The following is an archived copy of a message sent to a Discussion List run by the Campaign Against Sanctions on Iraq.

Views expressed in this archived message are those of the author, not of the Campaign Against Sanctions on Iraq.

[Main archive index/search] [List information] [Campaign Against Sanctions on Iraq Homepage]

[Date Prev][Date Next][Thread Prev][Thread Next][Date Index][Thread Index]

Re: [casi] study on effects of ``limited war''?

Dear Fay,

The 11th voices uk delegation to Iraq were given a short document written by
UNICEF's representative in Baghdad, Carol de Rooy entitled 'Household Food
Security in Iraq: Some Food for Thought' and dated 20th February 2002.

Noting that 'households' dependency on the food rations has evolved over the
past decade to almost total dependency' de Rooy writes that 'As the
psychological warfare against Iraq continues to be waged, the nightmare
scenario that emerges is the (involuntary or voluntary) interruption of the
food-basket that is distributed to all Iraqi families on a monthly basis.'

Noting that 'food market prices are extremely sensitive to any changes in
the political arena' and that 'after September 11th, the prices of the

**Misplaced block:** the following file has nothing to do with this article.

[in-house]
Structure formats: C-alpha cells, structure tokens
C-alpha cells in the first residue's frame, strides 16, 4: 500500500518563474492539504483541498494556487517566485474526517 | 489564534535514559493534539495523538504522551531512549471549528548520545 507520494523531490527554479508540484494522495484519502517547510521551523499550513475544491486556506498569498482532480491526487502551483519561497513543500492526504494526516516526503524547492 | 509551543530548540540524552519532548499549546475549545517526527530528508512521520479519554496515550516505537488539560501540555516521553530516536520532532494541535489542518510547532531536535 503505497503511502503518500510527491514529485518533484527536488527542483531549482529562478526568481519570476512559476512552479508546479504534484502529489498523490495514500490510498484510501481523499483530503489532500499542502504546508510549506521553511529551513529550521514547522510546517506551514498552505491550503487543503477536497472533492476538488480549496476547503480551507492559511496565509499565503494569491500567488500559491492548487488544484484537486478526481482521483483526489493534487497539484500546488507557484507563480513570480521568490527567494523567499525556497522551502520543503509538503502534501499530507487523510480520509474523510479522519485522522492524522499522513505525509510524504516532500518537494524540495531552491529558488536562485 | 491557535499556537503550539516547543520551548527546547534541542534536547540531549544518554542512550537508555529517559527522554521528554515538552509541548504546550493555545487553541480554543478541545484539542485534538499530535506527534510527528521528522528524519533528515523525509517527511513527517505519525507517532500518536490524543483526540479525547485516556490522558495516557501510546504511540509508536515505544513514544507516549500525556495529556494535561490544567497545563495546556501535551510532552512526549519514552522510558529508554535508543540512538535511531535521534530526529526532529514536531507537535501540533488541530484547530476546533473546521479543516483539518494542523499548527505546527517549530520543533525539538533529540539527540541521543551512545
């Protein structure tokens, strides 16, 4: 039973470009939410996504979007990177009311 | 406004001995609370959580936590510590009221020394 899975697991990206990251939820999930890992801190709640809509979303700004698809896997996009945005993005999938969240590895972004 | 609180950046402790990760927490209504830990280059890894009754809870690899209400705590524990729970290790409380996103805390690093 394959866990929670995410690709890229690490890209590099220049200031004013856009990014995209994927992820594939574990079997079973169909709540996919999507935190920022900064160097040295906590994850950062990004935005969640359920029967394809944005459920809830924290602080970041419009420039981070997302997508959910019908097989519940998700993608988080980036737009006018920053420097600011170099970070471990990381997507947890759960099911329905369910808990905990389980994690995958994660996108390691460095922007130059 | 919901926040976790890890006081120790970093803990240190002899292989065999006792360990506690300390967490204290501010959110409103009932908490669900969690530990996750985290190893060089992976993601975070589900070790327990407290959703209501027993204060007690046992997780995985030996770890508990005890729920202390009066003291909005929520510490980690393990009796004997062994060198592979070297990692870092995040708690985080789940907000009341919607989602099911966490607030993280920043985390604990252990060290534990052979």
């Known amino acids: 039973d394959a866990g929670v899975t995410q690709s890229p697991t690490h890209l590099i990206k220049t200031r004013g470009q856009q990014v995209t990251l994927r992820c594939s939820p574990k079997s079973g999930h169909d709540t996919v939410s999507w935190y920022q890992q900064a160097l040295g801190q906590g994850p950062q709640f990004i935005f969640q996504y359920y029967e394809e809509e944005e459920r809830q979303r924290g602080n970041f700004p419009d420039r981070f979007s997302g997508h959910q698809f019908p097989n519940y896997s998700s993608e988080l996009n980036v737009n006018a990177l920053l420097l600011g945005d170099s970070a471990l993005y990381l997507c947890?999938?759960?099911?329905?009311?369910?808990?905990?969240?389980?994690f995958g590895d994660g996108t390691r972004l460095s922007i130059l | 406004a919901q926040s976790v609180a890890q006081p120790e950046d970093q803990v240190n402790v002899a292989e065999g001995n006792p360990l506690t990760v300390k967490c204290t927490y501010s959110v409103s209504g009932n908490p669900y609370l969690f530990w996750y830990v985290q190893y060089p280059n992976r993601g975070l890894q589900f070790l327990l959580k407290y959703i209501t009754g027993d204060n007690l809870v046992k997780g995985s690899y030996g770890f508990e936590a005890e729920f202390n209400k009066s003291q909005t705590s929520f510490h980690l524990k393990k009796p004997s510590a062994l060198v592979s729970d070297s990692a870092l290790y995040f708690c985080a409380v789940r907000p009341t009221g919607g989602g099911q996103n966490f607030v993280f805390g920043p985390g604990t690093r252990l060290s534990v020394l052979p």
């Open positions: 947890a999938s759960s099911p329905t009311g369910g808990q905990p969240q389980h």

food-basket itsm increased drastically and the WFP [World Food Programme]
had to intervene' he goes on to pose three questions:

a) What is the likelihood of the food distribution in S/C [South / Centre]
Iraq being interrupted in the near future?

b) What would happen in terms of security of food distribution were


c) Does the WFP have the capacity to rapidly distribute 350,000 metric tons
/ month [ie. the current Government food ration] in S/C Iraq if required?

The note continues:

'We believe that interruption of food distribution is possible. Pregnant and
lactating women as well a yopung children are the most likely victims. Chaos
would be the immediate effect. Very rapid intervention by the WFP (in the
midst of chaos) would be required to avoid further deterioration of
malnutrition and even famine on a large scale.'

The following extracts from Save the Children's recent document 'Iraq
advocacy strategy, March 2002' concerning the impact of military
intervention on children in Iraq may also be useful:

'Bombing Iraq would lead to a humanitarian disaster for which the
international community would bear a heavy responsibility ...

The combination of degraded infrastructure and ration dependency is a
product of the international community’s policies on Iraq, and the UK
accepts in principle this international responsibility. Any attacks that
targeted sectors used for ration distribution (eg transport) or for public
health (eg water, sanitation, electricity) would be an attack on children’s
ability to survive.'

The same document notes that:

'The international community is partially responsible for the creation of
unprecedented levels of dependency in Iraq through rations: Save the
Children’s household economy assessment (HEA) of Northern Iraq has revealed